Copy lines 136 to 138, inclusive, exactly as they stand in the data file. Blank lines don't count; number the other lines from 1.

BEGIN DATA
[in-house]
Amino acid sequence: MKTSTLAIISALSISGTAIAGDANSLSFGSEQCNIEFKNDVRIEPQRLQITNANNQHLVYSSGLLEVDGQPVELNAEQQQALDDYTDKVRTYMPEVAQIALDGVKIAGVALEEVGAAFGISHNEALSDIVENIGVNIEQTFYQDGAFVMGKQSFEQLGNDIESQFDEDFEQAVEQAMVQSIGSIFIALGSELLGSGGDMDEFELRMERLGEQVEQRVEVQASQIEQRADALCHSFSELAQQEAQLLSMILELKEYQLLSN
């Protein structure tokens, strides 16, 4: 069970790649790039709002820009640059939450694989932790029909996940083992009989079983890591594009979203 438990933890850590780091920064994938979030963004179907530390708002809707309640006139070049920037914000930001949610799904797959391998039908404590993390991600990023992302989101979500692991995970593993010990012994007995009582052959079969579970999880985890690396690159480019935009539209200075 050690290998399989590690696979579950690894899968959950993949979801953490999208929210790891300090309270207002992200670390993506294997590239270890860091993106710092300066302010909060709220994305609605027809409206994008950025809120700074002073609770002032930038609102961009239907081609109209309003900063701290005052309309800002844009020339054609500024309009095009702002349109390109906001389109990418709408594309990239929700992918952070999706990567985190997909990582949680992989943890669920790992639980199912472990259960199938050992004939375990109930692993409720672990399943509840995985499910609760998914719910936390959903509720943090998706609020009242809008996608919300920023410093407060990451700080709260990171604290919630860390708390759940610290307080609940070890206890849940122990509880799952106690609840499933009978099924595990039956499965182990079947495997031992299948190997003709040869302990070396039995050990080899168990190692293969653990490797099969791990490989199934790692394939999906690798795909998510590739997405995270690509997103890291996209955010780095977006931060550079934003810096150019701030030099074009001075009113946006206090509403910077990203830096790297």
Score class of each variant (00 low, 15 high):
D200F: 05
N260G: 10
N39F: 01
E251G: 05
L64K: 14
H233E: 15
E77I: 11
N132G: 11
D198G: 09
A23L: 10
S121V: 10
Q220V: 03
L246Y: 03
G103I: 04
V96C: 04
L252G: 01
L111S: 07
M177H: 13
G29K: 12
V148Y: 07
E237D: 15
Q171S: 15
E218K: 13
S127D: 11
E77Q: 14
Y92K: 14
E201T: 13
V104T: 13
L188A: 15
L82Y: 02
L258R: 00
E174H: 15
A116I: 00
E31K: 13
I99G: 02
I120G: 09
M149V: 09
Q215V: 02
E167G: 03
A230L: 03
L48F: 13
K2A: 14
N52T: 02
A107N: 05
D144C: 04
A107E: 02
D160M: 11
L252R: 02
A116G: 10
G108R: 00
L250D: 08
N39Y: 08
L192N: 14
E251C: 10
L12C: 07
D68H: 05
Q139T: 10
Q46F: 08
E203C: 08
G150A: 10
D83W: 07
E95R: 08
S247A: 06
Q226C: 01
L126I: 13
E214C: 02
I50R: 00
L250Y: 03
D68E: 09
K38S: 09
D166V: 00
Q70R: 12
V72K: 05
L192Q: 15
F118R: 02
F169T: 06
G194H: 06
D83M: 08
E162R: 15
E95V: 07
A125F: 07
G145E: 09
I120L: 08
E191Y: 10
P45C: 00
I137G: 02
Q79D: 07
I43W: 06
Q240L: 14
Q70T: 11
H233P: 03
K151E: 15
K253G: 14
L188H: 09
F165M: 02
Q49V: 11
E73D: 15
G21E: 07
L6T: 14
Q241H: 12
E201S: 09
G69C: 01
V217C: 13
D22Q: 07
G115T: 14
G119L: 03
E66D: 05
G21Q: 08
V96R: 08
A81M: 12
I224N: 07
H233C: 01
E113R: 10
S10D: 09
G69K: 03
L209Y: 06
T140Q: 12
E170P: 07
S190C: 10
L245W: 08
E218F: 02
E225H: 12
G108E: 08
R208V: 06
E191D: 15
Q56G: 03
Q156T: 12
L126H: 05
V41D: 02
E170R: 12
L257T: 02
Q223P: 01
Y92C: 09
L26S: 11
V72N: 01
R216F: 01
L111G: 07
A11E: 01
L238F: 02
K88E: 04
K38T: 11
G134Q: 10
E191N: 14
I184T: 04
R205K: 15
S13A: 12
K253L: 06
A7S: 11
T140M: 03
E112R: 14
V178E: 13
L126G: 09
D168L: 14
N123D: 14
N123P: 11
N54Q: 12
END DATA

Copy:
Q223P: 01
Y92C: 09
L26S: 11